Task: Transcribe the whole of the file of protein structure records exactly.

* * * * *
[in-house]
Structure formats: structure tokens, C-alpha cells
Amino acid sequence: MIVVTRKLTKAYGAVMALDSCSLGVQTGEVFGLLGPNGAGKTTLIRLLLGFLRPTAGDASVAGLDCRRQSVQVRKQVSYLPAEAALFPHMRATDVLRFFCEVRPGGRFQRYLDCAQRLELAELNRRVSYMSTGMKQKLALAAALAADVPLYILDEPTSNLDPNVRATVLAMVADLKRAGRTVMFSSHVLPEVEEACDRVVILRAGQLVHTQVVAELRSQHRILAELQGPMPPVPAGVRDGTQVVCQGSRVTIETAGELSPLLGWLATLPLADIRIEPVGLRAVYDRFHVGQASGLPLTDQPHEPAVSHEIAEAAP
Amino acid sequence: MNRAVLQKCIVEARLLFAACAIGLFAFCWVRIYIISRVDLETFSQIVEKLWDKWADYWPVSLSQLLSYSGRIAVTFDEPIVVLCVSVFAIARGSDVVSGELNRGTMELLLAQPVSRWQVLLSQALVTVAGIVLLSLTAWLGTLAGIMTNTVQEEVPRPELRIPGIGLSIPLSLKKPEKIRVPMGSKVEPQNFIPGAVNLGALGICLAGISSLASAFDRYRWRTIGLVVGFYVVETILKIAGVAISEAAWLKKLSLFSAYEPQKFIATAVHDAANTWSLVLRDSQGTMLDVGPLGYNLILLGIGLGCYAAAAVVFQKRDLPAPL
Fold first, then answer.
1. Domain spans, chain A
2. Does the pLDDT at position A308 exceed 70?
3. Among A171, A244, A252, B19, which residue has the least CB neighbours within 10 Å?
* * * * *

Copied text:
[in-house]
Structure formats: structure tokens, C-alpha cells
Amino acid sequence: MIVVTRKLTKAYGAVMALDSCSLGVQTGEVFGLLGPNGAGKTTLIRLLLGFLRPTAGDASVAGLDCRRQSVQVRKQVSYLPAEAALFPHMRATDVLRFFCEVRPGGRFQRYLDCAQRLELAELNRRVSYMSTGMKQKLALAAALAADVPLYILDEPTSNLDPNVRATVLAMVADLKRAGRTVMFSSHVLPEVEEACDRVVILRAGQLVHTQVVAELRSQHRILAELQGPMPPVPAGVRDGTQVVCQGSRVTIETAGELSPLLGWLATLPLADIRIEPVGLRAVYDRFHVGQASGLPLTDQPHEPAVSHEIAEAAP
Amino acid sequence: MNRAVLQKCIVEARLLFAACAIGLFAFCWVRIYIISRVDLETFSQIVEKLWDKWADYWPVSLSQLLSYSGRIAVTFDEPIVVLCVSVFAIARGSDVVSGELNRGTMELLLAQPVSRWQVLLSQALVTVAGIVLLSLTAWLGTLAGIMTNTVQEEVPRPELRIPGIGLSIPLSLKKPEKIRVPMGSKVEPQNFIPGAVNLGALGICLAGISSLASAFDRYRWRTIGLVVGFYVVETILKIAGVAISEAAWLKKLSLFSAYEPQKFIATAVHDAANTWSLVLRDSQGTMLDVGPLGYNLILLGIGLGCYAAAAVVFQKRDLPAPL
Fold first, then answer.
1. Domain spans, chain A
2. Does the pLDDT at position A308 exceed 70?
3. Among A171, A244, A252, B19, which residue has the least CB neighbours within 10 Å?